One Tennessee Prosecutor Says He Won’t Enforce Controversial Abortion Law

Two pills are required in medication abortions. A Tennessee law will require doctors to tell patients the process can be reversed after the first pill is taken, despite a lack of scientific evidence backing up that claim.

Two pills are required in medication abortions. A Tennessee law will require doctors to tell patients the process can be reversed after the first pill is taken, despite a lack of scientific evidence backing up that claim. Shutterstock

 

Connecting state and local government leaders

The Nashville district attorney says he won’t prosecute doctors who fail to inform patients that a medication abortion can be reversed—a claim medical groups say isn’t backed up by science.

A Tennessee law will soon require doctors to inform patients seeking medication-induced abortions that the process can be reversed halfway through, a claim that experts say isn’t grounded in science. Now, the Nashville district attorney said he won’t enforce the law, arguing that requiring doctors to provide the information is unconstitutional. 

The state this summer passed the law, which goes into effect on October 1, as part of a package of measures imposing restrictions on abortion, including a “heartbeat” ban, which generally restricts abortion after six weeks. The law will require abortion providers to post signs informing patients that a medication abortion—which requires two pills taken up to 48 hours apart—can be reversed halfway through by forgoing the second pill and taking a large dose of a different medication. Doctors will also have to tell patients that the procedure can be reversed.

Failure to take these steps could result in felony charges, fines, and up to six years in prison.

Six other states besides Tennessee require abortion providers to tell patients medication abortions can be reversed. In two other states—Oklahoma and North Dakota—courts have blocked the laws from going into effect.   

Planned Parenthood, the Center for Reproductive Rights, the ACLU of Tennessee, and five Tennessee abortion providers sued over the law last month, saying the new notification requirements violate doctors’ First Amendment rights protecting them from “compelled speech” by “forc[ing] physicians … to communicate a government-ordered message with which they and the overwhelming consensus of the medical profession disagree.”

The groups claim that the process of medication abortion reversal “is wholly unsupported by reliable scientific evidence and has been rejected by the field’s trusted medical authorities, including the American Medical Association and the American College of Obstetricians and Gynecologists.” They also point to studies that raise concerns that maintaining a pregnancy after starting the process of a drug-induced abortion may cause second-trimester miscarriages, stillbirths, and birth defects.

The suit was filed in federal district court against the state attorney general, the state commissioner of the Department of Health, and four district attorneys of the state’s most populous counties. The state attorney general has argued against the lawsuit, stating that the new law does not violate the abortion providers’ rights to free speech because they are still allowed to say they disagree with the mandated statement about abortion reversals.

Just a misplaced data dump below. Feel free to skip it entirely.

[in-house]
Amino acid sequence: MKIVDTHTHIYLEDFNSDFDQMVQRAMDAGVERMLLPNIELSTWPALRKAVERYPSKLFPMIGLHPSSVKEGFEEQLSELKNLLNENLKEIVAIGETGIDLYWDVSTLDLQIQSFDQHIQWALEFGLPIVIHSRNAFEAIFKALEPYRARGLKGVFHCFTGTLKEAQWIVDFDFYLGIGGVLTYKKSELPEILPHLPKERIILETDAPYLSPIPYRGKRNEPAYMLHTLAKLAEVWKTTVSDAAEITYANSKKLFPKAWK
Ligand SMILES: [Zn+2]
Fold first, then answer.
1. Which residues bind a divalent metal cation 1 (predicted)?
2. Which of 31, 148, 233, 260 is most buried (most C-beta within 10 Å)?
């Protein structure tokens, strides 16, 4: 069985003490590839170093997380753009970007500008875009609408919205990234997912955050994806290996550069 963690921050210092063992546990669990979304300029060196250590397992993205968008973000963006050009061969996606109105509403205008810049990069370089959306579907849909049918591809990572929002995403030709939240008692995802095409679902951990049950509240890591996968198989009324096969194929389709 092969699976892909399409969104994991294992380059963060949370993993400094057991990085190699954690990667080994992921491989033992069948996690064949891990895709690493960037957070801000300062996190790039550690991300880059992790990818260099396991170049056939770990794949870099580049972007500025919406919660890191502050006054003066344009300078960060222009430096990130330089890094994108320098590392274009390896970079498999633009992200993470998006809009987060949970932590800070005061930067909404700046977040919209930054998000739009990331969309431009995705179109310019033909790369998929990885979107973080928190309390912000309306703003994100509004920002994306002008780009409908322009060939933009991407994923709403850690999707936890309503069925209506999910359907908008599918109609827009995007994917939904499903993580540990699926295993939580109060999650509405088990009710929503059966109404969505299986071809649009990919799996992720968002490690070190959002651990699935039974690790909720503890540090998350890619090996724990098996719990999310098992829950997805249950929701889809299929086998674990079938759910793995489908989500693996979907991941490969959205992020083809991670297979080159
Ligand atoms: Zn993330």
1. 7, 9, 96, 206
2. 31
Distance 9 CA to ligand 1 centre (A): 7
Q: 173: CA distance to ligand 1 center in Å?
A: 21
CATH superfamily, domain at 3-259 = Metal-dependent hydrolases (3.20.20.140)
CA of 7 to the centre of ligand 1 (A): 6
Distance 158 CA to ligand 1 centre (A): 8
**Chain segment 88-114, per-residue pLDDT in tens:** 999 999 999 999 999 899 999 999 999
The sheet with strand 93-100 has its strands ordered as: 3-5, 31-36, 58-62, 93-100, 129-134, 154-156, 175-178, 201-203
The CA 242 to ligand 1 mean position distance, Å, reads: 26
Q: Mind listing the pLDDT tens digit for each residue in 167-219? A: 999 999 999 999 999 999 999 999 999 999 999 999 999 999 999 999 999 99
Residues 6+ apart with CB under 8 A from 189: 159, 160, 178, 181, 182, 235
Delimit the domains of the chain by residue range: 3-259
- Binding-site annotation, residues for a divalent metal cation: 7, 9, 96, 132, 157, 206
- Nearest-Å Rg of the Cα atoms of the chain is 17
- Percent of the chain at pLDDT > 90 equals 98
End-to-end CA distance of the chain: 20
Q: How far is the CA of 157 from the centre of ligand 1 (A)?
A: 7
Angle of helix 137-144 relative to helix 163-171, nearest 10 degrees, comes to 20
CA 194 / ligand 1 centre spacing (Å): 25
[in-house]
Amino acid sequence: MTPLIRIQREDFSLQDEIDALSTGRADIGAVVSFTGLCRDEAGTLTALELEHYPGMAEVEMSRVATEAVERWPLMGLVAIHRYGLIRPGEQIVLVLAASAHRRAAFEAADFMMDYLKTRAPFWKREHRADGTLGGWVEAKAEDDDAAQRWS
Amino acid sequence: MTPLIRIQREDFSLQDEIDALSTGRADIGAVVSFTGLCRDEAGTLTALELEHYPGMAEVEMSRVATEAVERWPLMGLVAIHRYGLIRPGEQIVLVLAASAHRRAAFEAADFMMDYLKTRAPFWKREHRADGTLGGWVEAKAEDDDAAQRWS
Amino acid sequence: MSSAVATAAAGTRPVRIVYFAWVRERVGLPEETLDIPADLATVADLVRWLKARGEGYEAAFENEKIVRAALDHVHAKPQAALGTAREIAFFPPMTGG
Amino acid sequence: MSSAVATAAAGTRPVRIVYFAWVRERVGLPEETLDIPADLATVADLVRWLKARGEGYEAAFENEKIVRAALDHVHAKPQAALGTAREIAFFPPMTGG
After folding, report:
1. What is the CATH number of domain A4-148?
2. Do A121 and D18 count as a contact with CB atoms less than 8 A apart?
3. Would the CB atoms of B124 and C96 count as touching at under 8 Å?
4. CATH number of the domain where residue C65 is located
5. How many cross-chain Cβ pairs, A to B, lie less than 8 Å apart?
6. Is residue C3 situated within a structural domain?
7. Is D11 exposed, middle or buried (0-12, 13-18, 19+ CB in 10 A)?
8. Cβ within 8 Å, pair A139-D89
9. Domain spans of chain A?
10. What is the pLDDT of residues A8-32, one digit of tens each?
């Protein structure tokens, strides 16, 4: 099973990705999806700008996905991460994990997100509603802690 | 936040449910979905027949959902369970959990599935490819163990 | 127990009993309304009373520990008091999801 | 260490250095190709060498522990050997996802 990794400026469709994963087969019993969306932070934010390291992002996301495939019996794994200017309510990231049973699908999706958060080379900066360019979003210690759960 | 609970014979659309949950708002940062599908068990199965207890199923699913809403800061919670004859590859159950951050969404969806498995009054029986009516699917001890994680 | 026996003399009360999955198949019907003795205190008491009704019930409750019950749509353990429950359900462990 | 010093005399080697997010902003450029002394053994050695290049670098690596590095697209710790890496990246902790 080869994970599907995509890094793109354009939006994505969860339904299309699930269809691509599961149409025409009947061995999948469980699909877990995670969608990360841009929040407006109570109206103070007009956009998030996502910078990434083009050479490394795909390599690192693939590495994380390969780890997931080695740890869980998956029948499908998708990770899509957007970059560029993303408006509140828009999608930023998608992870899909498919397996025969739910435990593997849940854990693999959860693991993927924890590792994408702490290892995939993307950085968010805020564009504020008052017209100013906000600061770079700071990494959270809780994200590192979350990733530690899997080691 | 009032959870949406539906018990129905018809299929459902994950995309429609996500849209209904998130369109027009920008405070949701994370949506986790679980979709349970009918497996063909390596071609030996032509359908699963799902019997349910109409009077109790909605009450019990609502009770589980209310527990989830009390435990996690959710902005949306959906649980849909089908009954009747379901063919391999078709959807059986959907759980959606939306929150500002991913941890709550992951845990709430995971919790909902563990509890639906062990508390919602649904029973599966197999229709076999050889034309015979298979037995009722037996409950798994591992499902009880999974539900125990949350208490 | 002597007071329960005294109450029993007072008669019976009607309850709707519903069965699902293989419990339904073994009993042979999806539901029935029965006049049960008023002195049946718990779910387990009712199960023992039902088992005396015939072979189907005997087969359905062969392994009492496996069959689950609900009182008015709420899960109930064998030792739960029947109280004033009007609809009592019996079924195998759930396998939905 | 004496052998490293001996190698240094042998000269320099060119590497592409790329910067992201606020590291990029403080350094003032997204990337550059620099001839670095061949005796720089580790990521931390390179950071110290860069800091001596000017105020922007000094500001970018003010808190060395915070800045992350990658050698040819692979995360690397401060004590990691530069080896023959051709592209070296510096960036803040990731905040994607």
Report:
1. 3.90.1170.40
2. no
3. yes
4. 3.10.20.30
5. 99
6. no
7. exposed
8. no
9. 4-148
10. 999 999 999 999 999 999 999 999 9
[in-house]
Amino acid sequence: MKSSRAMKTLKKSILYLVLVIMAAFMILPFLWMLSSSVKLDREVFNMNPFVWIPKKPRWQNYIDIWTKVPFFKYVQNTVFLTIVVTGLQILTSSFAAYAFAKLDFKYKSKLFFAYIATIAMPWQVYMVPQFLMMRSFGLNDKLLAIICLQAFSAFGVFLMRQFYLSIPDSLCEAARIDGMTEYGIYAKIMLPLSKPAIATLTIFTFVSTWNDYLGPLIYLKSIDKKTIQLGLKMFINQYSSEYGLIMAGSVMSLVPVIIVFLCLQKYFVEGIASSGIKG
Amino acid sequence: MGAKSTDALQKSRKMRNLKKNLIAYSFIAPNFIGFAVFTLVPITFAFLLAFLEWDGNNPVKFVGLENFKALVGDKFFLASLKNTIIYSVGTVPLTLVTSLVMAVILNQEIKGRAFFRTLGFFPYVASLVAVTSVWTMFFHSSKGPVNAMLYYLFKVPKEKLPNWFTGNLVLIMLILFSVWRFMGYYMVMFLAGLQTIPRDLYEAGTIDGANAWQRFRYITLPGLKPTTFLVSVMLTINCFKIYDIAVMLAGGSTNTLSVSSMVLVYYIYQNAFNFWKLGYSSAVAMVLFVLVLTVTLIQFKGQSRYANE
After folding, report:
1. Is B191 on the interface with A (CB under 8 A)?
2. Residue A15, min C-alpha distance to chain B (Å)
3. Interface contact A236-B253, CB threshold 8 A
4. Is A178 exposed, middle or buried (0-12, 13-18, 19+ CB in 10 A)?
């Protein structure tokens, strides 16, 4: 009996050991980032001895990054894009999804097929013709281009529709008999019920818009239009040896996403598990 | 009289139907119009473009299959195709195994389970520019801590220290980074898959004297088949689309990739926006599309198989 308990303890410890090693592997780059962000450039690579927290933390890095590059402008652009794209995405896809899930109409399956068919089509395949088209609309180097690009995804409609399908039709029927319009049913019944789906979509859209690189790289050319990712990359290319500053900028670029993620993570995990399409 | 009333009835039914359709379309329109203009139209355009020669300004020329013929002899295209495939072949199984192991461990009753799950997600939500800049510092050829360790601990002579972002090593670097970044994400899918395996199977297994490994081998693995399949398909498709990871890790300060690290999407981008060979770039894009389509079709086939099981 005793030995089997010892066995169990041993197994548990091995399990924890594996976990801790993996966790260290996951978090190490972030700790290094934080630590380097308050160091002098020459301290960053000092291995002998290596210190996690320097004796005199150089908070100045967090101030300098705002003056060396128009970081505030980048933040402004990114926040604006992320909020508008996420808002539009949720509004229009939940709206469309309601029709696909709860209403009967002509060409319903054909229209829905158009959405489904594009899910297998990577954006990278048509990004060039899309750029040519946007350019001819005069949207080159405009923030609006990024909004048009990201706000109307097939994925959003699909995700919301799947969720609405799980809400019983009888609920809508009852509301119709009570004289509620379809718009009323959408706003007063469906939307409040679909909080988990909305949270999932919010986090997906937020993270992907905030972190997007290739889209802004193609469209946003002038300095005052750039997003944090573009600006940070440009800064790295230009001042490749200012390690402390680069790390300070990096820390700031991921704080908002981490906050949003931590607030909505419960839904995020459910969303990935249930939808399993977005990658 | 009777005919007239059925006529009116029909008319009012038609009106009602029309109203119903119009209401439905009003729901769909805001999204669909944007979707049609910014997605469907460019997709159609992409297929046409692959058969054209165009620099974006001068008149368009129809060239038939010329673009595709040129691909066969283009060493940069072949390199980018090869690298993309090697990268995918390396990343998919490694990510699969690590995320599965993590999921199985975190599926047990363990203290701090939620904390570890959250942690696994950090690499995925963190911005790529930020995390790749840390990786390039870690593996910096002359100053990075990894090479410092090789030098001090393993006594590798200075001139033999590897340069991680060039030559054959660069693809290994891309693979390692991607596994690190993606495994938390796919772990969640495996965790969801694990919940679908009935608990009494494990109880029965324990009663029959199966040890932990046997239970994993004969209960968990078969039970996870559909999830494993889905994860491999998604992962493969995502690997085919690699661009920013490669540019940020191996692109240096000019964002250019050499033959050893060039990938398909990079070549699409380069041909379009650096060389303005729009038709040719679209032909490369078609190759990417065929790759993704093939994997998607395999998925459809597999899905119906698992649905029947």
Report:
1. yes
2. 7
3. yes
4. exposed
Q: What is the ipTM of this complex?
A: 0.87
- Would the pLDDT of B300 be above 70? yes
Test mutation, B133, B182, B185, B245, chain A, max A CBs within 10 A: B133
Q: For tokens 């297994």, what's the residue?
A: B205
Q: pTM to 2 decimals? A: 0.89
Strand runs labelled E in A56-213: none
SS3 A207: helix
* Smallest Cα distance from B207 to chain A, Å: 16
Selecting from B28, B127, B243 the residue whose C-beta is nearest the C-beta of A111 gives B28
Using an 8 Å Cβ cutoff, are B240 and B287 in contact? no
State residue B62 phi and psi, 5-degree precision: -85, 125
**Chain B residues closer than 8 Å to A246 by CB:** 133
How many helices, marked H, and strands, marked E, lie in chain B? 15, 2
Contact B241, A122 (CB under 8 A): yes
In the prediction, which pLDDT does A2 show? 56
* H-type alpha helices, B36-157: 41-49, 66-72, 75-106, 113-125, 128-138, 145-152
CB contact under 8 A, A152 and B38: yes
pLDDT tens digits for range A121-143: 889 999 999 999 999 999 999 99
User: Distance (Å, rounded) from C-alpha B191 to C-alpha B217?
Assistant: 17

Three of the four district attorneys named in the lawsuit submitted statements that seemed to agree with the attorney general’s position, saying the “provision is silent regarding criminal liability for an abortion provider who provides the required disclosures but expresses disagreement.”

But Glenn Funk, the Democratic district attorney in Davidson County, which includes Nashville, last week independently filed a statement siding with the abortion providers. Funk said Attorney General Herbert Slater, a Republican, refused to file the declaration, even though the attorney general usually represents local prosecutors in this kind of litigation. 

Funk wrote that he does not think requiring doctors to provide information about abortion reversals is constitutional and “therefore [he] will not enforce those provisions.”

“As long as I am the elected district attorney for the 20th Judicial District, I will not prosecute any woman who chooses to have a medical procedure to terminate a pregnancy or any medical doctor who performs this procedure at the request of their patient,”  Funk wrote. “Further, I will not prosecute or sanction an abortion provider who states, verbally and/or in writing disagreement with the disclosures required by the legislature.”

“With regard to reproductive issues, the criminal law must not be used by the state to exercise control over a woman’s body,” he concluded.

Republican Gov. Bill Lee responded to Funk on Twitter, although he didn’t mention the Nashville prosecutor by name. "A district attorney purposefully disregarding current, duly enacted laws by the legislature is a grave matter that threatens our justice system and has serious consequences," Lee said. "The rule of law is the cornerstone of our legal system, and we all take an oath to uphold the law, not to pick and choose what laws to follow based on politics or personal feelings."

Reproductive rights groups praised Funk’s declaration. Ashley Coffield, the president of Planned Parenthood of Tennessee and North Mississippi, said in a statement that the Nashville DA had “channeled the legacy of Justice Ruth Bader Ginsburg,” who died on September 18. 

Funk “made a clear and unequivocal statement that politicians should not be criminalizing doctors and forcing them to spread false information with patients," Coffield said.

Emma Coleman is the assistant editor for Route Fifty.

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